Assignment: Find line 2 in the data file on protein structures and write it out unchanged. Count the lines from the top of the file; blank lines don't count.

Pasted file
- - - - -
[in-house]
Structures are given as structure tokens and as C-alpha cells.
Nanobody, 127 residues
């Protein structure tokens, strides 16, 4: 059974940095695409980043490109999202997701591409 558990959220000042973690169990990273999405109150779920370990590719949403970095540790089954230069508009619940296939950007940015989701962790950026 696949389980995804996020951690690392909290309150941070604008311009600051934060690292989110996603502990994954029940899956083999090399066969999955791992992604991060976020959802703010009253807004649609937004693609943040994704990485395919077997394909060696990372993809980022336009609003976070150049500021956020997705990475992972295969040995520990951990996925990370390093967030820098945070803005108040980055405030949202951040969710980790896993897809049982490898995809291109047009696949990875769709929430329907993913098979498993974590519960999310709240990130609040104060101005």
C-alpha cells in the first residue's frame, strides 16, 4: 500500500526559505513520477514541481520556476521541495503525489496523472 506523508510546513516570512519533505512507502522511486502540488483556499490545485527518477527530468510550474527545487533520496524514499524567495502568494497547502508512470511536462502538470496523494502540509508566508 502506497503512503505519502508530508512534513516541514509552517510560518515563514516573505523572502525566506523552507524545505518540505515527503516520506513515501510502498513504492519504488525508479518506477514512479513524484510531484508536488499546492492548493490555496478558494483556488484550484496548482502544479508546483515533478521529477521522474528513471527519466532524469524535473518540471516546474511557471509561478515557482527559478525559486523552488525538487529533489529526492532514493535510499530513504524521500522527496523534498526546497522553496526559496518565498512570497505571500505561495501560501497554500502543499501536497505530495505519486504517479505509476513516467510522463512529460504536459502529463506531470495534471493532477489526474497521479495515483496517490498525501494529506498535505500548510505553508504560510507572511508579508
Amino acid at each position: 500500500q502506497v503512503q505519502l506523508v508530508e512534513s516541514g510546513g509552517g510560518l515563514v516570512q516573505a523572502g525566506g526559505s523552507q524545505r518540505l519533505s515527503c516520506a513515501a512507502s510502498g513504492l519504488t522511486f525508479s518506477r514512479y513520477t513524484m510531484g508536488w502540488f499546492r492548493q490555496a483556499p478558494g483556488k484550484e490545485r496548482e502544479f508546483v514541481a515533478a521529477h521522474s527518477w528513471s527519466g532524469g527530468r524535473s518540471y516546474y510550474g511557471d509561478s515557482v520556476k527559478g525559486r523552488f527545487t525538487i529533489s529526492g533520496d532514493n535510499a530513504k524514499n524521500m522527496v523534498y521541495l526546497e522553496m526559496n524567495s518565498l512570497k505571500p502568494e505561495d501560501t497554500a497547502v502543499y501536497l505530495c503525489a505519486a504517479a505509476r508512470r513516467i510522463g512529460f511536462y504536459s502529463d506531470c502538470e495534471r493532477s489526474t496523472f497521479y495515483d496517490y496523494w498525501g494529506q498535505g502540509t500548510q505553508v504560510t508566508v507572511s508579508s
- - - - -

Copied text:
Structures are given as structure tokens and as C-alpha cells.